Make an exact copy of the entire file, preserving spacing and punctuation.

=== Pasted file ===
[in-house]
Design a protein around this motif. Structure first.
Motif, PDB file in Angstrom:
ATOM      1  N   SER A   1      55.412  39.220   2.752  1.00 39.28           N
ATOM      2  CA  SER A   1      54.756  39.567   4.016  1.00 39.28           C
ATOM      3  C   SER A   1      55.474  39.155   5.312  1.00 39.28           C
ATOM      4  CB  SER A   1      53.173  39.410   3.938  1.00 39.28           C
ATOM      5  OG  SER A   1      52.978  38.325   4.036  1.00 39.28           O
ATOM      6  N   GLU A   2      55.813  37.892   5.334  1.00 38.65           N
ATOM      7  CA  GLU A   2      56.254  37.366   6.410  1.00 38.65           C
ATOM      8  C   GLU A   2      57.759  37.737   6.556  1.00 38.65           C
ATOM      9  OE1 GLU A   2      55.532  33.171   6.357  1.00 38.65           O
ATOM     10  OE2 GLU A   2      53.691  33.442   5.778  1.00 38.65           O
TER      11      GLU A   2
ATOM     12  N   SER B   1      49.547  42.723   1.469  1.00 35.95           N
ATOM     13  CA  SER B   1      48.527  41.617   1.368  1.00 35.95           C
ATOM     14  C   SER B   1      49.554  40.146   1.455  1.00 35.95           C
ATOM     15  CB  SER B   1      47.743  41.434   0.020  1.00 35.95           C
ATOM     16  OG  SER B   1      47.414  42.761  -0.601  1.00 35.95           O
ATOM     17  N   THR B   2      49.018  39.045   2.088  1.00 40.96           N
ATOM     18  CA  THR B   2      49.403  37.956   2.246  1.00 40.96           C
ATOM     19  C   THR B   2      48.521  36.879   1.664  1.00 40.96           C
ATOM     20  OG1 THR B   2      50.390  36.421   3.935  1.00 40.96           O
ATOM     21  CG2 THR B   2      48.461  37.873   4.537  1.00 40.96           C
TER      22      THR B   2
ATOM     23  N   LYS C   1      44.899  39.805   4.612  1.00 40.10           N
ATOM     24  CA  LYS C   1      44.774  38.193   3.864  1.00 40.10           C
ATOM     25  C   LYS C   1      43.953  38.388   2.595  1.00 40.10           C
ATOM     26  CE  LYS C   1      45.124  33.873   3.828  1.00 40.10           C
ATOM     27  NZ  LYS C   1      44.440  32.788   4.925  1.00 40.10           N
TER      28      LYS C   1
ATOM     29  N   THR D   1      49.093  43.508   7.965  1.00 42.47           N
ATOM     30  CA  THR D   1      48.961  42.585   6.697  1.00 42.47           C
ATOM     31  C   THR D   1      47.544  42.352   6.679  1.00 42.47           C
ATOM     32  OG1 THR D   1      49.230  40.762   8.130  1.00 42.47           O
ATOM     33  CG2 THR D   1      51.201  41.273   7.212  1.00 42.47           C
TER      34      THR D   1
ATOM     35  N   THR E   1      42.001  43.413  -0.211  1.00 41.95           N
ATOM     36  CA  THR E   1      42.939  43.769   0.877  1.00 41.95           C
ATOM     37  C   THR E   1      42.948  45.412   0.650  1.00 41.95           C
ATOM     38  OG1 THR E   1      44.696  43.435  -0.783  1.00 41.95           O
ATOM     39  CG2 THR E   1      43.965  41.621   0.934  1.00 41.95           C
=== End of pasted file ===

[in-house]
Design a protein around this motif. Structure first.
Motif, PDB file in Angstrom:
ATOM      1  N   SER A   1      55.412  39.220   2.752  1.00 39.28           N
ATOM      2  CA  SER A   1      54.756  39.567   4.016  1.00 39.28           C
ATOM      3  C   SER A   1      55.474  39.155   5.312  1.00 39.28           C
ATOM      4  CB  SER A   1      53.173  39.410   3.938  1.00 39.28           C
ATOM      5  OG  SER A   1      52.978  38.325   4.036  1.00 39.28           O
ATOM      6  N   GLU A   2      55.813  37.892   5.334  1.00 38.65           N
ATOM      7  CA  GLU A   2      56.254  37.366   6.410  1.00 38.65           C
ATOM      8  C   GLU A   2      57.759  37.737   6.556  1.00 38.65           C
ATOM      9  OE1 GLU A   2      55.532  33.171   6.357  1.00 38.65           O
ATOM     10  OE2 GLU A   2      53.691  33.442   5.778  1.00 38.65           O
TER      11      GLU A   2
ATOM     12  N   SER B   1      49.547  42.723   1.469  1.00 35.95           N
ATOM     13  CA  SER B   1      48.527  41.617   1.368  1.00 35.95           C
ATOM     14  C   SER B   1      49.554  40.146   1.455  1.00 35.95           C
ATOM     15  CB  SER B   1      47.743  41.434   0.020  1.00 35.95           C
ATOM     16  OG  SER B   1      47.414  42.761  -0.601  1.00 35.95           O
ATOM     17  N   THR B   2      49.018  39.045   2.088  1.00 40.96           N
ATOM     18  CA  THR B   2      49.403  37.956   2.246  1.00 40.96           C
ATOM     19  C   THR B   2      48.521  36.879   1.664  1.00 40.96           C
ATOM     20  OG1 THR B   2      50.390  36.421   3.935  1.00 40.96           O
ATOM     21  CG2 THR B   2      48.461  37.873   4.537  1.00 40.96           C
TER      22      THR B   2
ATOM     23  N   LYS C   1      44.899  39.805   4.612  1.00 40.10           N
ATOM     24  CA  LYS C   1      44.774  38.193   3.864  1.00 40.10           C
ATOM     25  C   LYS C   1      43.953  38.388   2.595  1.00 40.10           C
ATOM     26  CE  LYS C   1      45.124  33.873   3.828  1.00 40.10           C
ATOM     27  NZ  LYS C   1      44.440  32.788   4.925  1.00 40.10           N
TER      28      LYS C   1
ATOM     29  N   THR D   1      49.093  43.508   7.965  1.00 42.47           N
ATOM     30  CA  THR D   1      48.961  42.585   6.697  1.00 42.47           C
ATOM     31  C   THR D   1      47.544  42.352   6.679  1.00 42.47           C
ATOM     32  OG1 THR D   1      49.230  40.762   8.130  1.00 42.47           O
ATOM     33  CG2 THR D   1      51.201  41.273   7.212  1.00 42.47           C
TER      34      THR D   1
ATOM     35  N   THR E   1      42.001  43.413  -0.211  1.00 41.95           N
ATOM     36  CA  THR E   1      42.939  43.769   0.877  1.00 41.95           C
ATOM     37  C   THR E   1      42.948  45.412   0.650  1.00 41.95           C
ATOM     38  OG1 THR E   1      44.696  43.435  -0.783  1.00 41.95           O
ATOM     39  CG2 THR E   1      43.965  41.621   0.934  1.00 41.95           C